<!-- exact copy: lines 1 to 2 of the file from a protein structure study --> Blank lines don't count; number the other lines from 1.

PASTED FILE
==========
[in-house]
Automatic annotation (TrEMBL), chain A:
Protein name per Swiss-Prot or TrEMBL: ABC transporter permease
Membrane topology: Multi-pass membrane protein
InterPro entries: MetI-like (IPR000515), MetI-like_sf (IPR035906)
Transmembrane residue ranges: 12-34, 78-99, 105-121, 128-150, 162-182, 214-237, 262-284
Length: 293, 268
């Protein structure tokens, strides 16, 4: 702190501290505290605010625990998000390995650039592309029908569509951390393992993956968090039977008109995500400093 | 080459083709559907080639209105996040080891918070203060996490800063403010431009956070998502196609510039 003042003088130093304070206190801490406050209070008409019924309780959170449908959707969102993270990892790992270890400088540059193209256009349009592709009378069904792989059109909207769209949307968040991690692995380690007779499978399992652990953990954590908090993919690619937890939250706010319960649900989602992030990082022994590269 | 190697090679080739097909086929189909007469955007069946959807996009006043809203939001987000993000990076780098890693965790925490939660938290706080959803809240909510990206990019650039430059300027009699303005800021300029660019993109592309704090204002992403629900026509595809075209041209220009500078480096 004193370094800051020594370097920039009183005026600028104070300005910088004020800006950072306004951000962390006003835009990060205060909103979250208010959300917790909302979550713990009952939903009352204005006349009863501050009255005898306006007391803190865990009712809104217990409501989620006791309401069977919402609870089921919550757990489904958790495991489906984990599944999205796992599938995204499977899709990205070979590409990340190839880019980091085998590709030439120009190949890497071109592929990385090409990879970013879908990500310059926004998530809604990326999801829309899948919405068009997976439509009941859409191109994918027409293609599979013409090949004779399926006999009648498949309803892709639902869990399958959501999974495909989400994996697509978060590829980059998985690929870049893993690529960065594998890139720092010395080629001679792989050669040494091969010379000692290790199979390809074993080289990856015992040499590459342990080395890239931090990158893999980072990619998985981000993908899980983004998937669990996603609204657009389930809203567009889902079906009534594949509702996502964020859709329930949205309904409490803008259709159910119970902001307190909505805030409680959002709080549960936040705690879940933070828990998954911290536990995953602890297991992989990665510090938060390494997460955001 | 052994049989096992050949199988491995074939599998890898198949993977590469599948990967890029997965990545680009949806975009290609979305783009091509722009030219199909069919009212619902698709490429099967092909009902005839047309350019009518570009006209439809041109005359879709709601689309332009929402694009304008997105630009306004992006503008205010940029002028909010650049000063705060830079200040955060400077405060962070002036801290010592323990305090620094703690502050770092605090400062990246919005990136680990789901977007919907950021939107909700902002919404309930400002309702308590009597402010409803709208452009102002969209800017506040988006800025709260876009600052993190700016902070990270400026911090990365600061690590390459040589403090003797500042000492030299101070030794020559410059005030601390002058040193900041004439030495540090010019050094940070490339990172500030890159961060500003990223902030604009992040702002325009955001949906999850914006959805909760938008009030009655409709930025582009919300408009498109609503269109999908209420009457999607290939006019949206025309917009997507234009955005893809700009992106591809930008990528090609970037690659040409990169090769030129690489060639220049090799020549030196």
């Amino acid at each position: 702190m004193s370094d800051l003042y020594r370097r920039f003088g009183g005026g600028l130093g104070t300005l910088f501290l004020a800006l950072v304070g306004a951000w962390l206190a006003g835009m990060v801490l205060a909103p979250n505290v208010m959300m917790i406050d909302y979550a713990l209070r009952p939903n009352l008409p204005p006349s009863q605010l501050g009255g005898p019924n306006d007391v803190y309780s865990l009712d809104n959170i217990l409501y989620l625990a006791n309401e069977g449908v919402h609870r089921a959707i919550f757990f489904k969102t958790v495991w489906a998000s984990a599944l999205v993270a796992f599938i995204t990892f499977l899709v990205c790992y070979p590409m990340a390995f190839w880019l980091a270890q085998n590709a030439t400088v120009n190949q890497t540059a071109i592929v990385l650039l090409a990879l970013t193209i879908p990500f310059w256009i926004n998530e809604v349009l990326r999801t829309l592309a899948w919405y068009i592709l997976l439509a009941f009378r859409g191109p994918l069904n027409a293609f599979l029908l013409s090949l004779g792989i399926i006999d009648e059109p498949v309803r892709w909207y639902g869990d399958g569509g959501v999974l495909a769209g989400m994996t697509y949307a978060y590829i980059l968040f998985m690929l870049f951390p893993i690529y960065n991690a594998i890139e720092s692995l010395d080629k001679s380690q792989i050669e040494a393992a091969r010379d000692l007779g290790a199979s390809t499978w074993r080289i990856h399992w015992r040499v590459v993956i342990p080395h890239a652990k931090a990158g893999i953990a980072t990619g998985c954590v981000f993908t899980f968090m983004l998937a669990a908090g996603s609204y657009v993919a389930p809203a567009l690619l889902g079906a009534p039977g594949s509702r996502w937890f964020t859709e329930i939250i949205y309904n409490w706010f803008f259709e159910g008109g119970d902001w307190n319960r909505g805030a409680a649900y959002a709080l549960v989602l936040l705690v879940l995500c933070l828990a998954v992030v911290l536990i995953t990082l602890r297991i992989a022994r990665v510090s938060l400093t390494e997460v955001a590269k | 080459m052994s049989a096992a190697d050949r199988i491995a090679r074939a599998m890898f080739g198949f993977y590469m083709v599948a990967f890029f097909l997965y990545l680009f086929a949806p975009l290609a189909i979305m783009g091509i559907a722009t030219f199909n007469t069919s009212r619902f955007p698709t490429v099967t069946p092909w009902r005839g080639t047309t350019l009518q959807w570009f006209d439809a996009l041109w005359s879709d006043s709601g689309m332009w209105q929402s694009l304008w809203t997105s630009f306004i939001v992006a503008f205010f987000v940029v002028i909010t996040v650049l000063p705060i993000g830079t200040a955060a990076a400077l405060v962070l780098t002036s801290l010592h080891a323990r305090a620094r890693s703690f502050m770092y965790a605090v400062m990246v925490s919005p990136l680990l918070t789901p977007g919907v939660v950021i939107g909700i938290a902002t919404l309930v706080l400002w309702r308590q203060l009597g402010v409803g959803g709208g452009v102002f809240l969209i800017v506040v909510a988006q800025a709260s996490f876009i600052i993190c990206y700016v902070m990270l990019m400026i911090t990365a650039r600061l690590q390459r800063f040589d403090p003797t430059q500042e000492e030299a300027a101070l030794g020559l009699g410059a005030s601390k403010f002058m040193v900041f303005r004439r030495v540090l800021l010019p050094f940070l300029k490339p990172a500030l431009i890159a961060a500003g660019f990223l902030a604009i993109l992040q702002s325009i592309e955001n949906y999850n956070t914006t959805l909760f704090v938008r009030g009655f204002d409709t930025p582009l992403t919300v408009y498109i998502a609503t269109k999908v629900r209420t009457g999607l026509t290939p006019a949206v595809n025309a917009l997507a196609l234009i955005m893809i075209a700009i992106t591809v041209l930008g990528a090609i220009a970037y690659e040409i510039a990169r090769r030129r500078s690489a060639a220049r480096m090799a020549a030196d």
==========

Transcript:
[in-house]
Automatic annotation (TrEMBL), chain A: